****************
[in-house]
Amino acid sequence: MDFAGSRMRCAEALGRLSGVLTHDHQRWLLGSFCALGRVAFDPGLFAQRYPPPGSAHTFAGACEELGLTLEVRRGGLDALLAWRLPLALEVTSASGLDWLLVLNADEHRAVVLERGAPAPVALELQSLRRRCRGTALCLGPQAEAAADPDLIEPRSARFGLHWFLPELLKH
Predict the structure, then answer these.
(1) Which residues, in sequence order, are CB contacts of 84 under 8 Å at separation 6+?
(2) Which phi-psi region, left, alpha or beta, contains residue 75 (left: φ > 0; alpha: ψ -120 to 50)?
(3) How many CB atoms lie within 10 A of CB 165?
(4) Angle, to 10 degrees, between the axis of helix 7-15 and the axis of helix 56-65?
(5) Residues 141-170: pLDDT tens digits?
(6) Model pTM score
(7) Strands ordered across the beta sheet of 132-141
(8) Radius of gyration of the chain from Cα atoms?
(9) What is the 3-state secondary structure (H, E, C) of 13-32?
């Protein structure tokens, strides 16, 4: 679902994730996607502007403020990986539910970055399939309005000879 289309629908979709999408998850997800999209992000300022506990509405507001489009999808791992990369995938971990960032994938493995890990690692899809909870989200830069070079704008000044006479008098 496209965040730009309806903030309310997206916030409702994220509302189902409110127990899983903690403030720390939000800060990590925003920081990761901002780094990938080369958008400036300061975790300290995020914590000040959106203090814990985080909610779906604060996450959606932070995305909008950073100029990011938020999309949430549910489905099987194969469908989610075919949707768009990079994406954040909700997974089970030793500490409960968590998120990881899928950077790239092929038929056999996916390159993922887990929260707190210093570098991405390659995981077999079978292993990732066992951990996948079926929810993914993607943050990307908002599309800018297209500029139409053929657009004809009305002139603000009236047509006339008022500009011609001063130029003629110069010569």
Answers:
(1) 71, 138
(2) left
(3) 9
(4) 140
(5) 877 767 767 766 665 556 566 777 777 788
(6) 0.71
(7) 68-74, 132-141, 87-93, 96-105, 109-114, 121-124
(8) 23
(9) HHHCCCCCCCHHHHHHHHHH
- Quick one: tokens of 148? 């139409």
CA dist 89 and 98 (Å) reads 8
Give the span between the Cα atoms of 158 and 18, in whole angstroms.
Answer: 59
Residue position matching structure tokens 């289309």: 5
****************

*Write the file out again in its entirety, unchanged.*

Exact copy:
[in-house]
Amino acid sequence: MDFAGSRMRCAEALGRLSGVLTHDHQRWLLGSFCALGRVAFDPGLFAQRYPPPGSAHTFAGACEELGLTLEVRRGGLDALLAWRLPLALEVTSASGLDWLLVLNADEHRAVVLERGAPAPVALELQSLRRRCRGTALCLGPQAEAAADPDLIEPRSARFGLHWFLPELLKH
Predict the structure, then answer these.
(1) Which residues, in sequence order, are CB contacts of 84 under 8 Å at separation 6+?
(2) Which phi-psi region, left, alpha or beta, contains residue 75 (left: φ > 0; alpha: ψ -120 to 50)?
(3) How many CB atoms lie within 10 A of CB 165?
(4) Angle, to 10 degrees, between the axis of helix 7-15 and the axis of helix 56-65?
(5) Residues 141-170: pLDDT tens digits?
(6) Model pTM score
(7) Strands ordered across the beta sheet of 132-141
(8) Radius of gyration of the chain from Cα atoms?
(9) What is the 3-state secondary structure (H, E, C) of 13-32?
């Protein structure tokens, strides 16, 4: 679902994730996607502007403020990986539910970055399939309005000879 289309629908979709999408998850997800999209992000300022506990509405507001489009999808791992990369995938971990960032994938493995890990690692899809909870989200830069070079704008000044006479008098 496209965040730009309806903030309310997206916030409702994220509302189902409110127990899983903690403030720390939000800060990590925003920081990761901002780094990938080369958008400036300061975790300290995020914590000040959106203090814990985080909610779906604060996450959606932070995305909008950073100029990011938020999309949430549910489905099987194969469908989610075919949707768009990079994406954040909700997974089970030793500490409960968590998120990881899928950077790239092929038929056999996916390159993922887990929260707190210093570098991405390659995981077999079978292993990732066992951990996948079926929810993914993607943050990307908002599309800018297209500029139409053929657009004809009305002139603000009236047509006339008022500009011609001063130029003629110069010569």
Answers:
(1) 71, 138
(2) left
(3) 9
(4) 140
(5) 877 767 767 766 665 556 566 777 777 788
(6) 0.71
(7) 68-74, 132-141, 87-93, 96-105, 109-114, 121-124
(8) 23
(9) HHHCCCCCCCHHHHHHHHHH
- Quick one: tokens of 148? 């139409």
CA dist 89 and 98 (Å) reads 8
Give the span between the Cα atoms of 158 and 18, in whole angstroms.
Answer: 59
Residue position matching structure tokens 């289309």: 5